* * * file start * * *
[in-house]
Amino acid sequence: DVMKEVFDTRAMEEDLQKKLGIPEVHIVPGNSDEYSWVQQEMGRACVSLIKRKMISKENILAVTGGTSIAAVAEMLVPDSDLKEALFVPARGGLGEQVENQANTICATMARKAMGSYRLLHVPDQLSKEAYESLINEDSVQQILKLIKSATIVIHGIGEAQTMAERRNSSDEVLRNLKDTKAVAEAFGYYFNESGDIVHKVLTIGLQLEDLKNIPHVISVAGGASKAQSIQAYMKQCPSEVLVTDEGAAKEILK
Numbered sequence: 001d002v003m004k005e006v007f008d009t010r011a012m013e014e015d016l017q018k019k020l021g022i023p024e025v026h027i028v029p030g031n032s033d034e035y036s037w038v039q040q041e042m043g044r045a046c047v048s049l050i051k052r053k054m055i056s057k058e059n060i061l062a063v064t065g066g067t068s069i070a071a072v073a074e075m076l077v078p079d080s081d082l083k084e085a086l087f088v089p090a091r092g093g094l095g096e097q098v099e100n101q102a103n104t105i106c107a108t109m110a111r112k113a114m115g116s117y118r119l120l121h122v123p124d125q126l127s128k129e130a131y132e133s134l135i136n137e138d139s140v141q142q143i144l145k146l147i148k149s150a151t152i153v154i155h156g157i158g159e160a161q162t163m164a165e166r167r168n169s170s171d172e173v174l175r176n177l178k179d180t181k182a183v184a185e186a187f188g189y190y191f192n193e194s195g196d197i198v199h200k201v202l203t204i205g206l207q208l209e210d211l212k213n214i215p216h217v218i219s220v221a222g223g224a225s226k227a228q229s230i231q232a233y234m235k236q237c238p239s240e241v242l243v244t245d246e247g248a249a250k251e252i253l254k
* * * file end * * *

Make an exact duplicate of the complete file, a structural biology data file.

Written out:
[in-house]
Amino acid sequence: DVMKEVFDTRAMEEDLQKKLGIPEVHIVPGNSDEYSWVQQEMGRACVSLIKRKMISKENILAVTGGTSIAAVAEMLVPDSDLKEALFVPARGGLGEQVENQANTICATMARKAMGSYRLLHVPDQLSKEAYESLINEDSVQQILKLIKSATIVIHGIGEAQTMAERRNSSDEVLRNLKDTKAVAEAFGYYFNESGDIVHKVLTIGLQLEDLKNIPHVISVAGGASKAQSIQAYMKQCPSEVLVTDEGAAKEILK
Numbered sequence: 001d002v003m004k005e006v007f008d009t010r011a012m013e014e015d016l017q018k019k020l021g022i023p024e025v026h027i028v029p030g031n032s033d034e035y036s037w038v039q040q041e042m043g044r045a046c047v048s049l050i051k052r053k054m055i056s057k058e059n060i061l062a063v064t065g066g067t068s069i070a071a072v073a074e075m076l077v078p079d080s081d082l083k084e085a086l087f088v089p090a091r092g093g094l095g096e097q098v099e100n101q102a103n104t105i106c107a108t109m110a111r112k113a114m115g116s117y118r119l120l121h122v123p124d125q126l127s128k129e130a131y132e133s134l135i136n137e138d139s140v141q142q143i144l145k146l147i148k149s150a151t152i153v154i155h156g157i158g159e160a161q162t163m164a165e166r167r168n169s170s171d172e173v174l175r176n177l178k179d180t181k182a183v184a185e186a187f188g189y190y191f192n193e194s195g196d197i198v199h200k201v202l203t204i205g206l207q208l209e210d211l212k213n214i215p216h217v218i219s220v221a222g223g224a225s226k227a228q229s230i231q232a233y234m235k236q237c238p239s240e241v242l243v244t245d246e247g248a249a250k251e252i253l254k